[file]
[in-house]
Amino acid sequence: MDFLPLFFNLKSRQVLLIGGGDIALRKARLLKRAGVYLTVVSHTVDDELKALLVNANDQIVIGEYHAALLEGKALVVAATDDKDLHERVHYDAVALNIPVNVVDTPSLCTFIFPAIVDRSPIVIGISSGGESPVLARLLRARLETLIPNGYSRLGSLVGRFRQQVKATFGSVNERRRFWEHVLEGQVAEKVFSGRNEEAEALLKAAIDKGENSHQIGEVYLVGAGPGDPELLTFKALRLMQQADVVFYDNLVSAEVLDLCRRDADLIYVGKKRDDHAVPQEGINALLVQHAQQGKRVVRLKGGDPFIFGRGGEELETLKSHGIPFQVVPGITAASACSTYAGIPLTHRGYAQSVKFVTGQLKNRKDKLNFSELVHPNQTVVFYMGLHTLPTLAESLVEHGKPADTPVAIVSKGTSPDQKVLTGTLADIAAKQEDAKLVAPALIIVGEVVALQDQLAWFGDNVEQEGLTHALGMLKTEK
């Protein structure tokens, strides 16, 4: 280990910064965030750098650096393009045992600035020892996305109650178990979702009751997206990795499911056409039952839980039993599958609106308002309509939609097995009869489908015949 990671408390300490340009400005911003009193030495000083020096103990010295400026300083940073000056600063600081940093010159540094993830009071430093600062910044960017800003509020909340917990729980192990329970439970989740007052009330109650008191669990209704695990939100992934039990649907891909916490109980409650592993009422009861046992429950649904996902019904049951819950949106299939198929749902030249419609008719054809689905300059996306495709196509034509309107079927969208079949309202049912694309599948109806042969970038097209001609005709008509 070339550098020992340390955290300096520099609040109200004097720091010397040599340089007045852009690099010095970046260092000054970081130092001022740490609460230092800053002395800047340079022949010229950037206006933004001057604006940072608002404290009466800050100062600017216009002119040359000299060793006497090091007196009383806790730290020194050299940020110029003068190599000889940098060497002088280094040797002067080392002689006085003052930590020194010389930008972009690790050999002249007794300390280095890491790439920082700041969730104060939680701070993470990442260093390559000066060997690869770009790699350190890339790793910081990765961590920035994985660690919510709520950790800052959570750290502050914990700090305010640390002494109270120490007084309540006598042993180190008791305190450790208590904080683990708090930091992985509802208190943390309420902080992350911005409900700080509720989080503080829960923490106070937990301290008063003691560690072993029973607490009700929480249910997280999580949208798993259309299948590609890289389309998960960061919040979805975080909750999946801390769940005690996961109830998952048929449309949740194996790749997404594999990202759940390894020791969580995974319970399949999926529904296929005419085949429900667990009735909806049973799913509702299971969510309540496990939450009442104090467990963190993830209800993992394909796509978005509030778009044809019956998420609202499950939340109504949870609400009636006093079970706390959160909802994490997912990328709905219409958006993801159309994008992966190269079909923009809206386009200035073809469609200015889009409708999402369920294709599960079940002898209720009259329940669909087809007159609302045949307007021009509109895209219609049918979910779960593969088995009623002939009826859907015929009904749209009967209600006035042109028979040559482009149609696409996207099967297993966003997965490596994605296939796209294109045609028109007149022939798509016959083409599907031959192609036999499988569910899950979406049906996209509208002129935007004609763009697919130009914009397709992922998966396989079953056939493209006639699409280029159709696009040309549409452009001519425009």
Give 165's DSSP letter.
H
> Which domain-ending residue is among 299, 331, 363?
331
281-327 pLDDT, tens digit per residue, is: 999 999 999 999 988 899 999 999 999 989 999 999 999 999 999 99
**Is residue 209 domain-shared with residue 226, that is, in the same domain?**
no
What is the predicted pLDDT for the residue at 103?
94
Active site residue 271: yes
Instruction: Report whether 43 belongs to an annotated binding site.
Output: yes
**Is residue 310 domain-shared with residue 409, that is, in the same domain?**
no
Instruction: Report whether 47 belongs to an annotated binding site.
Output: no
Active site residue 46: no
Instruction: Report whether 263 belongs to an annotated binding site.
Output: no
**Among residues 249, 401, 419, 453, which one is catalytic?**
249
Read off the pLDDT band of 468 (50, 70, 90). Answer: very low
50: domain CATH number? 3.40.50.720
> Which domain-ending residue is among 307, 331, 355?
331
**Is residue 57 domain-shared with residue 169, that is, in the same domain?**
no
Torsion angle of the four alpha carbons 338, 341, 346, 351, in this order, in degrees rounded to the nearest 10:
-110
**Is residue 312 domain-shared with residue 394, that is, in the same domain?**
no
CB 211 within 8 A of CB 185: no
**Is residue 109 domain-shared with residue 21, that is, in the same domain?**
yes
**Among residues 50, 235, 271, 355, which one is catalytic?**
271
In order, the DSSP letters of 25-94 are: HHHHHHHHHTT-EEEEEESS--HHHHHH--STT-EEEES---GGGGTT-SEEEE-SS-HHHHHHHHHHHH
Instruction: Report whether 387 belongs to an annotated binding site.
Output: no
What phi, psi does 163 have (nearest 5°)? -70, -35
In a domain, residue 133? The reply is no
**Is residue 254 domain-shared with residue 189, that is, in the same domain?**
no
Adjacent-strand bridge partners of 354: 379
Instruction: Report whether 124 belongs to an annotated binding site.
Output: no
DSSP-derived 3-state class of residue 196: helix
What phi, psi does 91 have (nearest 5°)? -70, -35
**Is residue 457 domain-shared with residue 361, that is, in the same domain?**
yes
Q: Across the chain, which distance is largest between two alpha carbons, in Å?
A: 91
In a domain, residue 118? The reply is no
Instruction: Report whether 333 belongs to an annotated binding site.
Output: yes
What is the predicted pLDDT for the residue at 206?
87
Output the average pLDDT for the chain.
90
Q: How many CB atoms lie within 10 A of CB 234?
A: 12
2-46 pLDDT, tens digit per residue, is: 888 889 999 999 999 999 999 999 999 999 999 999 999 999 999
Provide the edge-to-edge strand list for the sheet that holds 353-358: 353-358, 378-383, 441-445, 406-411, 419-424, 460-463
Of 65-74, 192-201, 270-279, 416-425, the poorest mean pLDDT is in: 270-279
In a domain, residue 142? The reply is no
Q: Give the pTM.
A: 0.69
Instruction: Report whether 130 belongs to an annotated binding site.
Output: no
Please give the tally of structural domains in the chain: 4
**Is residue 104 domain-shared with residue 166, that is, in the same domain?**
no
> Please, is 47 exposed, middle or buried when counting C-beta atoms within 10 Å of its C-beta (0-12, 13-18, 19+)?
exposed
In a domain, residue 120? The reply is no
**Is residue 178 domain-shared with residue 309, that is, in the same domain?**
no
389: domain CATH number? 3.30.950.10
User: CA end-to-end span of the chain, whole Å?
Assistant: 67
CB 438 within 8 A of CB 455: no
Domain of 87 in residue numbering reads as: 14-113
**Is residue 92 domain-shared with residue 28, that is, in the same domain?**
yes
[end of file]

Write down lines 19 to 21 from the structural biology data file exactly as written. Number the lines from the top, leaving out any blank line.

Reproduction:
Output: no
Active site residue 46: no
Instruction: Report whether 263 belongs to an annotated binding site.